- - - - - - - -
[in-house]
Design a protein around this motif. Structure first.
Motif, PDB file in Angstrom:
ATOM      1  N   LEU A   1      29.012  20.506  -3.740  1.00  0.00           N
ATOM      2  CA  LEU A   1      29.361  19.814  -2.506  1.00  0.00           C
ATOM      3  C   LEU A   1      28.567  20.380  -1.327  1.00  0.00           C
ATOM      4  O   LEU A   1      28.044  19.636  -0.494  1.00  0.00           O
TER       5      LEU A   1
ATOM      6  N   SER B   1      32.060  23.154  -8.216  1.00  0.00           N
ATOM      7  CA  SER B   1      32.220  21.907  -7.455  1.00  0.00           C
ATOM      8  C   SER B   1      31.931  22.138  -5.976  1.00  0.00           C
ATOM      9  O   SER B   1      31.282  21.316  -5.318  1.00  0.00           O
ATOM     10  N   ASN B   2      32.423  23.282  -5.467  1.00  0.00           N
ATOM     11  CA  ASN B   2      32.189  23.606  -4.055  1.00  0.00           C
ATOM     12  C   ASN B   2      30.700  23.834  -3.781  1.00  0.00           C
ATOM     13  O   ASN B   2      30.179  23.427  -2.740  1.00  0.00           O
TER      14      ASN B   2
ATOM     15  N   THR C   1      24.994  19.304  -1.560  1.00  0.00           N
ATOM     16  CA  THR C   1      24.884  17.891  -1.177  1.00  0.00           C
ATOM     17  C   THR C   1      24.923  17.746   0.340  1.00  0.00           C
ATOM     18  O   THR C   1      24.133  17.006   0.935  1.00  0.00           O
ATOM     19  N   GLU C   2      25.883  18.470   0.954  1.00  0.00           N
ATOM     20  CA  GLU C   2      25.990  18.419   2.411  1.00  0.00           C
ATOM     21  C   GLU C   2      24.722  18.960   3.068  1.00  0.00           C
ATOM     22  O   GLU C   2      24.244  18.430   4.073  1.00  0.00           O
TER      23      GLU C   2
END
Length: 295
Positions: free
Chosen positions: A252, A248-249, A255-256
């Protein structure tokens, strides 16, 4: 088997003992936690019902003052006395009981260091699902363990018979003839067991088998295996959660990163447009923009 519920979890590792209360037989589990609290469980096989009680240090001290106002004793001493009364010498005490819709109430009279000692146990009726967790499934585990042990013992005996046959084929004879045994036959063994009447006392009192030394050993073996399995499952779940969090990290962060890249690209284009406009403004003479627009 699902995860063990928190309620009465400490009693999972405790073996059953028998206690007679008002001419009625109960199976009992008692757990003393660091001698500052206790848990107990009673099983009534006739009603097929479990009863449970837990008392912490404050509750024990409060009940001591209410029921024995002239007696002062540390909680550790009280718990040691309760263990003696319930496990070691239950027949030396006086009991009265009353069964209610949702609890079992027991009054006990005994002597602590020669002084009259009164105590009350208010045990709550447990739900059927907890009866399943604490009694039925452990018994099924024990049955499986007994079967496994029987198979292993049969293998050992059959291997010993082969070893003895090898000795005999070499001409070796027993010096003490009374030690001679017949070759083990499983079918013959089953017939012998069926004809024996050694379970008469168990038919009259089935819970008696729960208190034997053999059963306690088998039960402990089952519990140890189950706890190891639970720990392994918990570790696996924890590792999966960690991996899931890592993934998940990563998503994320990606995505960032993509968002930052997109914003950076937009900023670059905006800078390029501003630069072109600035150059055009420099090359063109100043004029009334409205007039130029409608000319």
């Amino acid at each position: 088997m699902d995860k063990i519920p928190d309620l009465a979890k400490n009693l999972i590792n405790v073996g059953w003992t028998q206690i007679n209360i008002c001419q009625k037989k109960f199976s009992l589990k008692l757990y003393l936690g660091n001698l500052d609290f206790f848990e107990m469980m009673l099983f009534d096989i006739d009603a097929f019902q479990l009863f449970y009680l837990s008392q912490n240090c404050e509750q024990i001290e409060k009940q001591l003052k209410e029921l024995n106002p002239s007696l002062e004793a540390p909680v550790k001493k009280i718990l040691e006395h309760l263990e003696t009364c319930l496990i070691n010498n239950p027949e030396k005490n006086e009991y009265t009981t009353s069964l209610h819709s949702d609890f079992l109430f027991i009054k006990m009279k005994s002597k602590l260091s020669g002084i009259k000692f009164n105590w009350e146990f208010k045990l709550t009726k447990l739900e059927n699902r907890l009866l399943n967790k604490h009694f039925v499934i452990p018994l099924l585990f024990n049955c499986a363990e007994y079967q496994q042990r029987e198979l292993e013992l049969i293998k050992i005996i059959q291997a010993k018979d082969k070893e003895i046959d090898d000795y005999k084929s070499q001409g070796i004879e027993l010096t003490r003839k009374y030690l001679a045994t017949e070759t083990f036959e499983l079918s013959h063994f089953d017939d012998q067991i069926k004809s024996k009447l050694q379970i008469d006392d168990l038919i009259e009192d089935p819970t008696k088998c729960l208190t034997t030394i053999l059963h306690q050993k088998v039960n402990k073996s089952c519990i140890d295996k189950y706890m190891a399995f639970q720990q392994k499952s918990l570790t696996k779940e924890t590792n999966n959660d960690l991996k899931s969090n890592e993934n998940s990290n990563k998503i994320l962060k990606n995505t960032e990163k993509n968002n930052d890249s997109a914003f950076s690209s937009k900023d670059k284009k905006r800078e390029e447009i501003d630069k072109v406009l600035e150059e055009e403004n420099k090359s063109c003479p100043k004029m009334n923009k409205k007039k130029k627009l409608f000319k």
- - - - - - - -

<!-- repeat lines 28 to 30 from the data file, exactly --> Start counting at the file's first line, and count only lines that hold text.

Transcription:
Length: 295
Positions: free
Chosen positions: A252, A248-249, A255-256